- Seek and clarify reasons: Ask the student for clarification as to why these behaviors are occurring.
Successfully completing Step 1 requires that we, as faculty members, be specific in identifying the behavior. This step may also be the first time you have spoken with this student in a one-on-one setting and offers an opportunity to break down the barriers that may exist while opening up the opportunity for a conversation.
Step 2: Explain impact on oneself and others
Explain to the student how their behavior is impacting their success in the classroom and what impact it is having on the rest of the class. This is an important step since often the student does not realize that their behaviors can take away an opportunity for the class to be a community of learners, where students’ voices are heard and learning is done in small and large groups through the sharing of information. This may also be the first time the student has looked beyond their own learning and viewed their own behavior as a negative impact on the learning of other students. Below are some prompts to get the conversation started.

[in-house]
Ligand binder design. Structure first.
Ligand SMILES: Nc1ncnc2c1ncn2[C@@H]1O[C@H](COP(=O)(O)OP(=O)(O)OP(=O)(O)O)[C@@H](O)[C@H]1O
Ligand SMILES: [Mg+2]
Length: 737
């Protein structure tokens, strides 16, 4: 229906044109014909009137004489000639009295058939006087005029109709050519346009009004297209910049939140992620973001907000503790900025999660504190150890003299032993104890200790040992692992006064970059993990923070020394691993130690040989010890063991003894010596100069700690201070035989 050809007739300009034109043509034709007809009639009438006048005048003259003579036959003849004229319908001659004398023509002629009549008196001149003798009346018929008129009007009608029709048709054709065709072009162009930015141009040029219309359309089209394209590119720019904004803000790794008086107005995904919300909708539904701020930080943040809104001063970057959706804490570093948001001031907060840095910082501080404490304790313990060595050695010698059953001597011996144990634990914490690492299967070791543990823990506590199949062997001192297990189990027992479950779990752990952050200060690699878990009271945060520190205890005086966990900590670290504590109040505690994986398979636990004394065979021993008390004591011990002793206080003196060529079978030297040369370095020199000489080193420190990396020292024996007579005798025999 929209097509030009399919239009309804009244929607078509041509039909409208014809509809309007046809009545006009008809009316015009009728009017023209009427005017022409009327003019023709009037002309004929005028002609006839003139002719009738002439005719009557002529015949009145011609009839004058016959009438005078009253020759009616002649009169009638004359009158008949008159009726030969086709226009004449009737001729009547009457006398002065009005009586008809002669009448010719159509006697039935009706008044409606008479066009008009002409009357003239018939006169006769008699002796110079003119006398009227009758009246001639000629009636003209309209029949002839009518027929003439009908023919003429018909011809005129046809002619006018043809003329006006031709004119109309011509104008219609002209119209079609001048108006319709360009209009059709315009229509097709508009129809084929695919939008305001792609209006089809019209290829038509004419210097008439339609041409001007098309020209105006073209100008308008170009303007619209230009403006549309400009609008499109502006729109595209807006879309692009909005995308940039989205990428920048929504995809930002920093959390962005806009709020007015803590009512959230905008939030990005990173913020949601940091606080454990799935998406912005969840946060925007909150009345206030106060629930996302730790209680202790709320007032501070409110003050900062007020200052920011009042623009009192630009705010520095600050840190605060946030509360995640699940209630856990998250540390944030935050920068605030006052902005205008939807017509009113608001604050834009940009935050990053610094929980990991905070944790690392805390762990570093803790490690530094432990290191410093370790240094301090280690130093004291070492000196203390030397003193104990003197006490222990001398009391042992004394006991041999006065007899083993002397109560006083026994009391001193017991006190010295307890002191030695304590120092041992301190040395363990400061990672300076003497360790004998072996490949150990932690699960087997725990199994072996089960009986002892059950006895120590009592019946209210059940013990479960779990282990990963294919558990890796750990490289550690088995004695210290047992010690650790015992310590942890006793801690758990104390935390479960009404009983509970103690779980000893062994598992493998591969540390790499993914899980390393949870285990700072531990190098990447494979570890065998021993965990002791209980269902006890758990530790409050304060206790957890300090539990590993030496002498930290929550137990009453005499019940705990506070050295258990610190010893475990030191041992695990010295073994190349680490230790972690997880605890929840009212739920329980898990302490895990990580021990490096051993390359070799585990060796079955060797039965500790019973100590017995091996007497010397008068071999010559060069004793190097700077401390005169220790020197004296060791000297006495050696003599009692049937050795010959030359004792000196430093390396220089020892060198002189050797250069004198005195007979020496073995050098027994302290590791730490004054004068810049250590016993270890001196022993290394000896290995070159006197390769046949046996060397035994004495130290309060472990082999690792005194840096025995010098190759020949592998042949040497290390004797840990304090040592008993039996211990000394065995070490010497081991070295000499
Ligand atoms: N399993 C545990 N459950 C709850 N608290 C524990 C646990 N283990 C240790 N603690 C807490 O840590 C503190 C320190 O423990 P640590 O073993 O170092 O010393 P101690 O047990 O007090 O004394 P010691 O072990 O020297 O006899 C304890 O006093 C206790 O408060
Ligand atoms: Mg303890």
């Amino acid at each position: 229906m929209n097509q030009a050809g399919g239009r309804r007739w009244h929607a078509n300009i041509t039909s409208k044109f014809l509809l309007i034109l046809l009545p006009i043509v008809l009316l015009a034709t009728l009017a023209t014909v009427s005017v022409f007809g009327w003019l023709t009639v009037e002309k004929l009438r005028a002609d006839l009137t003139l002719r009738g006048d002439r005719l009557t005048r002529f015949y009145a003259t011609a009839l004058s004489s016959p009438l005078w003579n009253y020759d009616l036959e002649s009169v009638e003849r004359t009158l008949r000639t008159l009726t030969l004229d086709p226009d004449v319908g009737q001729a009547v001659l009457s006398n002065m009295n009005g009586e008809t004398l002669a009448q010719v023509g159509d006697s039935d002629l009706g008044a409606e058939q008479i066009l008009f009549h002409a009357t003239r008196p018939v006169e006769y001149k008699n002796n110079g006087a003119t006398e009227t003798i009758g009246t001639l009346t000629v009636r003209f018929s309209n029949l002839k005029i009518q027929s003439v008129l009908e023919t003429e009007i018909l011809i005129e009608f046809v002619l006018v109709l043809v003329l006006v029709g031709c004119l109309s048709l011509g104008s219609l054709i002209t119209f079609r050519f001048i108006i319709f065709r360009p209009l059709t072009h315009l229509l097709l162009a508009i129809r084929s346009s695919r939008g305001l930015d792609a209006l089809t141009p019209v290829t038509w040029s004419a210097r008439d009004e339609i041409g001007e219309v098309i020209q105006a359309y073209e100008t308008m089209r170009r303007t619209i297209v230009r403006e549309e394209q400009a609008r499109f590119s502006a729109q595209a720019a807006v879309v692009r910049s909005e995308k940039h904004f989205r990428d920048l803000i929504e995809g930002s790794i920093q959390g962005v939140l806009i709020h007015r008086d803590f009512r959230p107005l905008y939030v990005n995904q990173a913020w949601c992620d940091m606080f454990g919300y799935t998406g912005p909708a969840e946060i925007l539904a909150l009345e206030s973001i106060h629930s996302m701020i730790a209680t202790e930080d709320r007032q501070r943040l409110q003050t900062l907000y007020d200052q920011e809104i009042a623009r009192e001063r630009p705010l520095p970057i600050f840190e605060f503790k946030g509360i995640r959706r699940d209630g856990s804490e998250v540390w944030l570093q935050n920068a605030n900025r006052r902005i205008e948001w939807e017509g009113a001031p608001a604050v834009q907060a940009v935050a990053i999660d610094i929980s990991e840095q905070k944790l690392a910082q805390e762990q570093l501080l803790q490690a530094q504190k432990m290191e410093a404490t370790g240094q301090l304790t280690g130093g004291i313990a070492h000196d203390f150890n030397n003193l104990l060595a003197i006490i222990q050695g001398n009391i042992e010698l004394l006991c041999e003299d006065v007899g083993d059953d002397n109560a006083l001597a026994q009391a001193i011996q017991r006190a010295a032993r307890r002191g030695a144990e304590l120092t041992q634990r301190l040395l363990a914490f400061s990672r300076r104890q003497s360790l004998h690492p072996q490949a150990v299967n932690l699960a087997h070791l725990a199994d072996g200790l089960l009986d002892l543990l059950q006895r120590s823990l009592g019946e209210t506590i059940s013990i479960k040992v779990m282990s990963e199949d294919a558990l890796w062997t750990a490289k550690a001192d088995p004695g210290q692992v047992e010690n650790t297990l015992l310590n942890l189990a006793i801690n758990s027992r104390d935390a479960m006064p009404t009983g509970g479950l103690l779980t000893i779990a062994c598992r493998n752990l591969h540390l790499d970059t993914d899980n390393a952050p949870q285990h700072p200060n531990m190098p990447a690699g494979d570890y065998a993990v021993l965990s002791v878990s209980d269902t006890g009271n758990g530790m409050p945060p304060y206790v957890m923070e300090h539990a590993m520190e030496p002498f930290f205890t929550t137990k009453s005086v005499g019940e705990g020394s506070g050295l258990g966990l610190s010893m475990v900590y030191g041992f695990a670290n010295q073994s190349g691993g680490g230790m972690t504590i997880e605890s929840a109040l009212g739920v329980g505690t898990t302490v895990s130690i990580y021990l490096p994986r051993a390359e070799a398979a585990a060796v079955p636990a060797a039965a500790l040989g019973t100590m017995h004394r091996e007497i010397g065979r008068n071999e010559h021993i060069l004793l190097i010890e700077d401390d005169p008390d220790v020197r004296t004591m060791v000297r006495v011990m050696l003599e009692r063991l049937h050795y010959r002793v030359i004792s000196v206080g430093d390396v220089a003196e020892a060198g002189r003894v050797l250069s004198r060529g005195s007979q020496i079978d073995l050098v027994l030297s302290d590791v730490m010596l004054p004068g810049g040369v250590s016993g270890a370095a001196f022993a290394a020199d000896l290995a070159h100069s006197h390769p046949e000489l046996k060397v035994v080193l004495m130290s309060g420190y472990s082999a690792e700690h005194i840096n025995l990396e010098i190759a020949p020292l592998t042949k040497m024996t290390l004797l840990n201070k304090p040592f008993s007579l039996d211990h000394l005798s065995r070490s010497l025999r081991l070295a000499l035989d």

- “Now that we understand what the problems are, let me explain the type of impact I believe it is having on you, me, and the rest of the class….”
- “How do you think that your behavior may be affecting others in the class?”
- “Have any of your class peers asked if you are doing okay?”
- “We previously discussed your reluctance to engage in the class discussions, have you thought about how that has impacted the learning of yourself and your peers?”
Step 3: Collective Problem Solving